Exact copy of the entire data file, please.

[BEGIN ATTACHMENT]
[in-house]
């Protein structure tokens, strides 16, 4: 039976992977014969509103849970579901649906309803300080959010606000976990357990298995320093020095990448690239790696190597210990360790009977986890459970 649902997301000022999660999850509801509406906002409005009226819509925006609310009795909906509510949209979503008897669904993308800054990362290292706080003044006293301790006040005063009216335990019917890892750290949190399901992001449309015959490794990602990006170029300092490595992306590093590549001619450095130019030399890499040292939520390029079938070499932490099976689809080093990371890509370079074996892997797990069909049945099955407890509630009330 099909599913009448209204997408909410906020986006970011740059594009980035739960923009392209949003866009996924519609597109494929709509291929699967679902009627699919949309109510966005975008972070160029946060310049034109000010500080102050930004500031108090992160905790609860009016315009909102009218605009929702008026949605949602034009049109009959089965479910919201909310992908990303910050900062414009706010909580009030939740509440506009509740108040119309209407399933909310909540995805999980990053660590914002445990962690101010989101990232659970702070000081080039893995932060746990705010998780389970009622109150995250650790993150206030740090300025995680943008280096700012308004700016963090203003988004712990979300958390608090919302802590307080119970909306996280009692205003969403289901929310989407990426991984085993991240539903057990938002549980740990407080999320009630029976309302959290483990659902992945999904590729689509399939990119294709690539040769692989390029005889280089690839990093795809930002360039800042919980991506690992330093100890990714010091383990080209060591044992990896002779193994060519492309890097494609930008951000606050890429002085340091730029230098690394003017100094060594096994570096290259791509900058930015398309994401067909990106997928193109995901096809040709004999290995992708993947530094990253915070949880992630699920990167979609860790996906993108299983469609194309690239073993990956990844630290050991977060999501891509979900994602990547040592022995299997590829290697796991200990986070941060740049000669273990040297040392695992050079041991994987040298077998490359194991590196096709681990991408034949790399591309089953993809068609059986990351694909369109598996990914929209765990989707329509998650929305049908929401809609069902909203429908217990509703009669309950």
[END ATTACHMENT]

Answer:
[in-house]
């Protein structure tokens, strides 16, 4: 039976992977014969509103849970579901649906309803300080959010606000976990357990298995320093020095990448690239790696190597210990360790009977986890459970 649902997301000022999660999850509801509406906002409005009226819509925006609310009795909906509510949209979503008897669904993308800054990362290292706080003044006293301790006040005063009216335990019917890892750290949190399901992001449309015959490794990602990006170029300092490595992306590093590549001619450095130019030399890499040292939520390029079938070499932490099976689809080093990371890509370079074996892997797990069909049945099955407890509630009330 099909599913009448209204997408909410906020986006970011740059594009980035739960923009392209949003866009996924519609597109494929709509291929699967679902009627699919949309109510966005975008972070160029946060310049034109000010500080102050930004500031108090992160905790609860009016315009909102009218605009929702008026949605949602034009049109009959089965479910919201909310992908990303910050900062414009706010909580009030939740509440506009509740108040119309209407399933909310909540995805999980990053660590914002445990962690101010989101990232659970702070000081080039893995932060746990705010998780389970009622109150995250650790993150206030740090300025995680943008280096700012308004700016963090203003988004712990979300958390608090919302802590307080119970909306996280009692205003969403289901929310989407990426991984085993991240539903057990938002549980740990407080999320009630029976309302959290483990659902992945999904590729689509399939990119294709690539040769692989390029005889280089690839990093795809930002360039800042919980991506690992330093100890990714010091383990080209060591044992990896002779193994060519492309890097494609930008951000606050890429002085340091730029230098690394003017100094060594096994570096290259791509900058930015398309994401067909990106997928193109995901096809040709004999290995992708993947530094990253915070949880992630699920990167979609860790996906993108299983469609194309690239073993990956990844630290050991977060999501891509979900994602990547040592022995299997590829290697796991200990986070941060740049000669273990040297040392695992050079041991994987040298077998490359194991590196096709681990991408034949790399591309089953993809068609059986990351694909369109598996990914929209765990989707329509998650929305049908929401809609069902909203429908217990509703009669309950």